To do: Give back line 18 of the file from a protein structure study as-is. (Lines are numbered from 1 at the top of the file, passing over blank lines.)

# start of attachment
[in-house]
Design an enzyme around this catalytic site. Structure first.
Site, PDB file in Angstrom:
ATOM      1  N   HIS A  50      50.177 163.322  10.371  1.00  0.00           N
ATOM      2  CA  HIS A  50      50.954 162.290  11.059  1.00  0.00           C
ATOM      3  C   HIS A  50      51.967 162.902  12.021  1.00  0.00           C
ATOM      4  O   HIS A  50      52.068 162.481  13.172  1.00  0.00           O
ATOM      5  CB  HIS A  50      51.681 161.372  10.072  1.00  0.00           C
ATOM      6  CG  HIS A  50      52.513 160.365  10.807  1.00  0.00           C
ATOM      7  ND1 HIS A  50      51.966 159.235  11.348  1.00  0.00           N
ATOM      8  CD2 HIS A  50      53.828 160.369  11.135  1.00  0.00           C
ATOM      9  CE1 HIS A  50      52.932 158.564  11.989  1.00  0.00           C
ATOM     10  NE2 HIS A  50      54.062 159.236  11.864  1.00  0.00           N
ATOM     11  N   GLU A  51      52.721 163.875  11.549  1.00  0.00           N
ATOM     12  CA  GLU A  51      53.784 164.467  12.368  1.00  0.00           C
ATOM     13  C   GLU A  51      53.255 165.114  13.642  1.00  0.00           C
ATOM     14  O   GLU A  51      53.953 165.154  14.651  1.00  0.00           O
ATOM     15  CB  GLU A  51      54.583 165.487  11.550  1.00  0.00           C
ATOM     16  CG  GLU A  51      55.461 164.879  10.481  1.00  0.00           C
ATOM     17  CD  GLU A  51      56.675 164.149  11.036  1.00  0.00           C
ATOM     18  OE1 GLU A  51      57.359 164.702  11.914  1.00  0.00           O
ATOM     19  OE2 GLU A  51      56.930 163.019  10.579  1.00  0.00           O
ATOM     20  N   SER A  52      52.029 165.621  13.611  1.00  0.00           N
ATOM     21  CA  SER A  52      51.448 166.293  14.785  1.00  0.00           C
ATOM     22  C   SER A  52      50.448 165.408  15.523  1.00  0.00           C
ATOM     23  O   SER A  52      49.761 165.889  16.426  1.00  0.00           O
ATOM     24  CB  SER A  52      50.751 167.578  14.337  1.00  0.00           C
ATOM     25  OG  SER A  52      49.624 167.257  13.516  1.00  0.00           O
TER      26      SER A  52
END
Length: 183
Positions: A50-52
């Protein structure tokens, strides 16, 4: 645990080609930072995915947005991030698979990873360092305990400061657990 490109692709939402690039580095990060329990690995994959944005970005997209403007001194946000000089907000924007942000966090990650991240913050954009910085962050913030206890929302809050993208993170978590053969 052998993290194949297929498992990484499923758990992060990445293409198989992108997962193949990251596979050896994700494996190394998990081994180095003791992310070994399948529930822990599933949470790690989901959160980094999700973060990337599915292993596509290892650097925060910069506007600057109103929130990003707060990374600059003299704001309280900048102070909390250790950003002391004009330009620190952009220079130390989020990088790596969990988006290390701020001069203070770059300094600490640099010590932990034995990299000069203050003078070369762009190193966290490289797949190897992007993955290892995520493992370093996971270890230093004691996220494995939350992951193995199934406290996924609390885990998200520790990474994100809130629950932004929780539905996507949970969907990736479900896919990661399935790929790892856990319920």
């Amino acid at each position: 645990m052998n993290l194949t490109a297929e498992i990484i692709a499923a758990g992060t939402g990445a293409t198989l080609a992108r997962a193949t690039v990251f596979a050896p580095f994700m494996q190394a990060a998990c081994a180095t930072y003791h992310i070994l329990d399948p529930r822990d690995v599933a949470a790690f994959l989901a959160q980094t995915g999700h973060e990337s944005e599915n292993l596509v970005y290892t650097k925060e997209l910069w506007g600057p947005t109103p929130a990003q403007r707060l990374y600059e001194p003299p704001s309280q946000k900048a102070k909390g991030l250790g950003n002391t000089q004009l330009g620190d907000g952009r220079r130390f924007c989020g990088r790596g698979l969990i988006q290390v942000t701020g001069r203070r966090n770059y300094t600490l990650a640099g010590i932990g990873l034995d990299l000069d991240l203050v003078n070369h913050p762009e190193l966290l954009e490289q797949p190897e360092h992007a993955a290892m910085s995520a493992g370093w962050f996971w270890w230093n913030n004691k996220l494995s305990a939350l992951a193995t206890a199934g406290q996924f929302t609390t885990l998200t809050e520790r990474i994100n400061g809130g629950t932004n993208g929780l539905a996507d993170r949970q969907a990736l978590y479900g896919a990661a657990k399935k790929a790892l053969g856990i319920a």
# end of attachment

ATOM     15  CB  GLU A  51      54.583 165.487  11.550  1.00  0.00           C